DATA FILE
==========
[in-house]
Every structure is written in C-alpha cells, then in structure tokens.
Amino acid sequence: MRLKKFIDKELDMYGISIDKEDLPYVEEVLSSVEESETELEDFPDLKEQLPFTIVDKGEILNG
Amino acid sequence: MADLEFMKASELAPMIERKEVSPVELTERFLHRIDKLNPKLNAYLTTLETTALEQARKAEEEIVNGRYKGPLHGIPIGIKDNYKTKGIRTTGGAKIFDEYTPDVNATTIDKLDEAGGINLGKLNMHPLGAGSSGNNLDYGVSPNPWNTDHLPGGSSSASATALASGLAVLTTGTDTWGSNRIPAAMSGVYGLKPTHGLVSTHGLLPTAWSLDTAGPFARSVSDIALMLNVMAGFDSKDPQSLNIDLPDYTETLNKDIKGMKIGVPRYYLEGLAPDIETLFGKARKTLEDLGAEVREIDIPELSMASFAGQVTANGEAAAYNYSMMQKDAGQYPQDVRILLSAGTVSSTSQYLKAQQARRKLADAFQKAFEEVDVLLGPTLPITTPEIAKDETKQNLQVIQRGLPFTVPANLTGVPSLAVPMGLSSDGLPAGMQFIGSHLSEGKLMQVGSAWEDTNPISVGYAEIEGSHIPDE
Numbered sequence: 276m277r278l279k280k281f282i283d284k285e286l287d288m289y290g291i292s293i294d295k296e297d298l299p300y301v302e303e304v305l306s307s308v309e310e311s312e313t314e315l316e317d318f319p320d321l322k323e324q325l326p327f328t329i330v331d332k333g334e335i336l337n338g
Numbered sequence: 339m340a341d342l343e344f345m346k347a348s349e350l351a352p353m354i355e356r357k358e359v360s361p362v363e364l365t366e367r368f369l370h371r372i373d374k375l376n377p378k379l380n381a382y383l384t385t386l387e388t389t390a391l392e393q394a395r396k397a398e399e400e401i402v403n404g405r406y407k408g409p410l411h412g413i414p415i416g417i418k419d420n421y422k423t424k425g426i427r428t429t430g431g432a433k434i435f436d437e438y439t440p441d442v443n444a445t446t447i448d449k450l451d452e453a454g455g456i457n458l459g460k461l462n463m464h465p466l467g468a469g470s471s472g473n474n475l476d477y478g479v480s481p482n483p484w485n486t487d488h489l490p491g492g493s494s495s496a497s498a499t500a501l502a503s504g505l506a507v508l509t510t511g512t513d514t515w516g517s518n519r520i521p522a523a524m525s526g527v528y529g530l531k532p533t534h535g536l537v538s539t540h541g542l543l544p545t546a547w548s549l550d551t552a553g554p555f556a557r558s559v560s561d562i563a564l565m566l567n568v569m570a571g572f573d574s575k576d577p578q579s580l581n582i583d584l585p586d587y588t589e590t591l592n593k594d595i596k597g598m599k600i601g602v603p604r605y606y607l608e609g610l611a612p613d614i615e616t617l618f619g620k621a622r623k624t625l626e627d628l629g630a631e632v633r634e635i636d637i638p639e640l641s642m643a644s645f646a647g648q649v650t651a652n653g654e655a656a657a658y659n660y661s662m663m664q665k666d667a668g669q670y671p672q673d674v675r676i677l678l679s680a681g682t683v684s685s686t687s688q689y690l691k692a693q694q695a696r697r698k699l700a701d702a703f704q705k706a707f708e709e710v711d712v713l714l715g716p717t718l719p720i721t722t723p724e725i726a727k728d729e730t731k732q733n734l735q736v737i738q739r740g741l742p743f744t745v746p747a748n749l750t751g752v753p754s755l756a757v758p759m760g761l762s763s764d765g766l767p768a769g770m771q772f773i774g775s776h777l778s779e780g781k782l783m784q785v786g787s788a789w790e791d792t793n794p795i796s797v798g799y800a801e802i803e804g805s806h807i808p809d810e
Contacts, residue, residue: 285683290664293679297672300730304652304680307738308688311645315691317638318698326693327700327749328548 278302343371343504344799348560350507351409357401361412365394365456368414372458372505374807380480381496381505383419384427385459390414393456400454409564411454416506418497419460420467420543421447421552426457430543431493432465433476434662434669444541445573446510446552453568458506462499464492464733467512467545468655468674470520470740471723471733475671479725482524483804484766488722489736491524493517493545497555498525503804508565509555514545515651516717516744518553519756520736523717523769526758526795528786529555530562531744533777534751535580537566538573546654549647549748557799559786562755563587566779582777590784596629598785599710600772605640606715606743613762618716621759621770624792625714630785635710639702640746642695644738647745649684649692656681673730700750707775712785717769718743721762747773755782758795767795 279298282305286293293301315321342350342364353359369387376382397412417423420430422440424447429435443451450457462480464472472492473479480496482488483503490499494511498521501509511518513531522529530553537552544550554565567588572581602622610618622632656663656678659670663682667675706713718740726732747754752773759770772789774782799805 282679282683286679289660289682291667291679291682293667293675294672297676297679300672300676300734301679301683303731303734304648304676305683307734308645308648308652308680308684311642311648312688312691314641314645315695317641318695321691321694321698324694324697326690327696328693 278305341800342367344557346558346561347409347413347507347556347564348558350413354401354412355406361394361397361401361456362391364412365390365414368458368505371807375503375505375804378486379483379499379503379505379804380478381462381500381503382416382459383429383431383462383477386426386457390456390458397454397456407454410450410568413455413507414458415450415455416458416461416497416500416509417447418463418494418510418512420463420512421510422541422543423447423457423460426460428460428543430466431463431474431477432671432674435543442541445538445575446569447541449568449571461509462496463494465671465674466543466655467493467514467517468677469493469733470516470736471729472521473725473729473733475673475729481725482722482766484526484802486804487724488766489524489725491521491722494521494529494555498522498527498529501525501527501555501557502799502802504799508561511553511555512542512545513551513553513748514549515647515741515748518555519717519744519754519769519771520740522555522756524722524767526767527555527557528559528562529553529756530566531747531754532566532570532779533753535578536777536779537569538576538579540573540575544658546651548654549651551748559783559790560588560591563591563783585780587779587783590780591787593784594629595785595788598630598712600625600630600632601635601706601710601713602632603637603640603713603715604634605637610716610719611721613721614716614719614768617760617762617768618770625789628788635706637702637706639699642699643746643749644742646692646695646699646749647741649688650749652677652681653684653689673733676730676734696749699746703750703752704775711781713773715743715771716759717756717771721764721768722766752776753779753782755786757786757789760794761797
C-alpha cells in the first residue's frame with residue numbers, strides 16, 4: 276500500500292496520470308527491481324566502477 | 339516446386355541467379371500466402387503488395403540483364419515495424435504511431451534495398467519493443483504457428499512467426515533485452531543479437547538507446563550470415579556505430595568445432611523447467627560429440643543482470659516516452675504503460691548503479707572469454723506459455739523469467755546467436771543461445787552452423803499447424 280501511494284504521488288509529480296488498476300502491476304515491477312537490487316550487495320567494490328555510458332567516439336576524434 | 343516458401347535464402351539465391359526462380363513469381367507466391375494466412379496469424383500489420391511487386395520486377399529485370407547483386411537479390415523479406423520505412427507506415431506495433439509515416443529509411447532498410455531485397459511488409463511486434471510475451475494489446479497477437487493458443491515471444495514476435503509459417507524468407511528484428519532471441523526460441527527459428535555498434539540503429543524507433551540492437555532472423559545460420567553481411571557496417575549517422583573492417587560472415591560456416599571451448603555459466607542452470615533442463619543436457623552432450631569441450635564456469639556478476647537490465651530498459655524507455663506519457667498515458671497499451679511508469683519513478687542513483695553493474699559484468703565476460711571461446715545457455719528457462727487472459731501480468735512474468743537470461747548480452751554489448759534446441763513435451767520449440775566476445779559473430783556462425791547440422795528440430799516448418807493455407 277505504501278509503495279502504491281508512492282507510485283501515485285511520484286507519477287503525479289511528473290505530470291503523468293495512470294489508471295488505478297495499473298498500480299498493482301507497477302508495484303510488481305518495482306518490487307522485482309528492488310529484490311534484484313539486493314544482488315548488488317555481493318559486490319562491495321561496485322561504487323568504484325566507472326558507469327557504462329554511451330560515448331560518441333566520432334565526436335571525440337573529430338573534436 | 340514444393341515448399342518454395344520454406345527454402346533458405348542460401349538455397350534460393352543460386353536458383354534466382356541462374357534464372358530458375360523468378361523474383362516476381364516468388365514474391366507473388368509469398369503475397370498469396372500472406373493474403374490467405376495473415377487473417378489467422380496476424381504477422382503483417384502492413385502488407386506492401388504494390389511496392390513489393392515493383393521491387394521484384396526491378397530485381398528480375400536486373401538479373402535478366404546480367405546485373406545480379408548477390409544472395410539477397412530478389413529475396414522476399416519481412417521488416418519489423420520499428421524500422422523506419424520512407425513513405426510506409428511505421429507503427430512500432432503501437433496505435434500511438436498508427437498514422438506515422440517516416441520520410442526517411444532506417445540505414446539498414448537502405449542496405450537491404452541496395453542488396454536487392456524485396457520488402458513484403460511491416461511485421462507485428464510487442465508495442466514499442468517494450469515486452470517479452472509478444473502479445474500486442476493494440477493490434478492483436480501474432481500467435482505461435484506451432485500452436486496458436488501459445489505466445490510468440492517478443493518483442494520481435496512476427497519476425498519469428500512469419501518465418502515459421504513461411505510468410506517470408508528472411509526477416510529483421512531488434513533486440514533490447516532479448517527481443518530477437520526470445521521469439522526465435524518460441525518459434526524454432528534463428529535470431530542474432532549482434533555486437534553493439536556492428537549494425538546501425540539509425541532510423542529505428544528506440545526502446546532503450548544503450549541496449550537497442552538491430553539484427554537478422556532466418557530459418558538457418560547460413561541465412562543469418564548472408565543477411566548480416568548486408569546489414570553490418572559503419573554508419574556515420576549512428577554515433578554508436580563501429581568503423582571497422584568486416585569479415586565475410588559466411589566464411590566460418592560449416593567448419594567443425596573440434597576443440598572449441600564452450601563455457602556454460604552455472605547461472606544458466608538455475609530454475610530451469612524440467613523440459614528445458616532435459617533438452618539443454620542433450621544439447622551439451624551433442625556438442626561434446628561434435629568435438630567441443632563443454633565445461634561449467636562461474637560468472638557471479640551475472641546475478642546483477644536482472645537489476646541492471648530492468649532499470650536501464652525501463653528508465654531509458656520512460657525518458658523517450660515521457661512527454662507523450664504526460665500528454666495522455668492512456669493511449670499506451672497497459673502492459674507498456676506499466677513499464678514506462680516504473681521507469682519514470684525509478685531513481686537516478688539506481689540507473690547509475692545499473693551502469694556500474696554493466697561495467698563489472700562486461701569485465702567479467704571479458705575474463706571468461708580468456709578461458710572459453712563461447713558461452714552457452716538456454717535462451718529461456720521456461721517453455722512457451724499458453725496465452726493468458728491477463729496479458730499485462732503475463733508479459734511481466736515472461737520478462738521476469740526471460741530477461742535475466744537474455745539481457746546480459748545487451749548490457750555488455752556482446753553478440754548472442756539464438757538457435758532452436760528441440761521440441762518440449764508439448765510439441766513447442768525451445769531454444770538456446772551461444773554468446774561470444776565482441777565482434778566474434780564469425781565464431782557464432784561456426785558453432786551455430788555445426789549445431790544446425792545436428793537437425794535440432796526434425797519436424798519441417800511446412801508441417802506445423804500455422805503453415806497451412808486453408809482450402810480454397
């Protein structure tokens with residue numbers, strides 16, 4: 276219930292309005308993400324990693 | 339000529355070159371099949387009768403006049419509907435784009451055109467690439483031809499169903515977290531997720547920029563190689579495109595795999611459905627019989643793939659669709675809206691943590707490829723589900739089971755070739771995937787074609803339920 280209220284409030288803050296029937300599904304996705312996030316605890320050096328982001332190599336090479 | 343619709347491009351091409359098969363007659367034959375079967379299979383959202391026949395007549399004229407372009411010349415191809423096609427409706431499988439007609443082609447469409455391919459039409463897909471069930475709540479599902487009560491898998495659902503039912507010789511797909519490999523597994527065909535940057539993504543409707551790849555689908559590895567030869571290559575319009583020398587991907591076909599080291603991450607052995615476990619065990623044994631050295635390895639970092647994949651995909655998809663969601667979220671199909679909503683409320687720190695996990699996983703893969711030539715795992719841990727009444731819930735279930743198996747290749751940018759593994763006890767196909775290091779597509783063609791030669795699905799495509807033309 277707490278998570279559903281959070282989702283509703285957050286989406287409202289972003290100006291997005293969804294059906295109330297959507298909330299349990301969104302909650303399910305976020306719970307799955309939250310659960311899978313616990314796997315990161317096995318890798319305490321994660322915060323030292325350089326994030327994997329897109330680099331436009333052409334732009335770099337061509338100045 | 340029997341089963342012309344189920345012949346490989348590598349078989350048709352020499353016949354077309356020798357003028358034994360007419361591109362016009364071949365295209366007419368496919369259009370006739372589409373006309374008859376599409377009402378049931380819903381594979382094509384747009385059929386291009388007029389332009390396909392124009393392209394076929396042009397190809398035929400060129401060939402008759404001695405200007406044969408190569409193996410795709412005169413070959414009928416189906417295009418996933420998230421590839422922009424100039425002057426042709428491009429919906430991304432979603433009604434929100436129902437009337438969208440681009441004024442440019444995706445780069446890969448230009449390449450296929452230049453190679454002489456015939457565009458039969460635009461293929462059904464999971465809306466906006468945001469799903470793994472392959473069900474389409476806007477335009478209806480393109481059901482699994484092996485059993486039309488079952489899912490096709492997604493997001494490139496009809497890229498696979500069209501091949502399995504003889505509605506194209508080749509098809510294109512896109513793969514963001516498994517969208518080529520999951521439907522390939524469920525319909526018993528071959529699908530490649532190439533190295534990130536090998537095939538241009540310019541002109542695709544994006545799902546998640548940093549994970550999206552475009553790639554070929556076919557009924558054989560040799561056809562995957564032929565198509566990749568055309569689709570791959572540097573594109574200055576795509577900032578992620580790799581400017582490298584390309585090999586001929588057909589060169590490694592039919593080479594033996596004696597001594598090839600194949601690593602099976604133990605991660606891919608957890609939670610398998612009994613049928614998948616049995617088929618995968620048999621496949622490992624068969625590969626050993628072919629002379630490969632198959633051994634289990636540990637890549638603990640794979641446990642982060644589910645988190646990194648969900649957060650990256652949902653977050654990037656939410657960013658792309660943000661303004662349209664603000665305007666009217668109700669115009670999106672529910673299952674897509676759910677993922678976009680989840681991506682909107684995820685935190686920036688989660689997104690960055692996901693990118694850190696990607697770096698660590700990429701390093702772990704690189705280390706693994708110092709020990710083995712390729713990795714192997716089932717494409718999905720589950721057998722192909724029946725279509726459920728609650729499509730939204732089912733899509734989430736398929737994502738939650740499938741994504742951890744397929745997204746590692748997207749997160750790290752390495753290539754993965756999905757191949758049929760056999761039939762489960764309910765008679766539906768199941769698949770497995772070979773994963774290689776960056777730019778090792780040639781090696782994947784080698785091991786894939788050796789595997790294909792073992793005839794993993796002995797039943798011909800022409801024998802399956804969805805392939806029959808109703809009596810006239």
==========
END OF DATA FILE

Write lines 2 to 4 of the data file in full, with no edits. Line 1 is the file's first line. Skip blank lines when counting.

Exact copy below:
Every structure is written in C-alpha cells, then in structure tokens.
Amino acid sequence: MRLKKFIDKELDMYGISIDKEDLPYVEEVLSSVEESETELEDFPDLKEQLPFTIVDKGEILNG
Amino acid sequence: MADLEFMKASELAPMIERKEVSPVELTERFLHRIDKLNPKLNAYLTTLETTALEQARKAEEEIVNGRYKGPLHGIPIGIKDNYKTKGIRTTGGAKIFDEYTPDVNATTIDKLDEAGGINLGKLNMHPLGAGSSGNNLDYGVSPNPWNTDHLPGGSSSASATALASGLAVLTTGTDTWGSNRIPAAMSGVYGLKPTHGLVSTHGLLPTAWSLDTAGPFARSVSDIALMLNVMAGFDSKDPQSLNIDLPDYTETLNKDIKGMKIGVPRYYLEGLAPDIETLFGKARKTLEDLGAEVREIDIPELSMASFAGQVTANGEAAAYNYSMMQKDAGQYPQDVRILLSAGTVSSTSQYLKAQQARRKLADAFQKAFEEVDVLLGPTLPITTPEIAKDETKQNLQVIQRGLPFTVPANLTGVPSLAVPMGLSSDGLPAGMQFIGSHLSEGKLMQVGSAWEDTNPISVGYAEIEGSHIPDE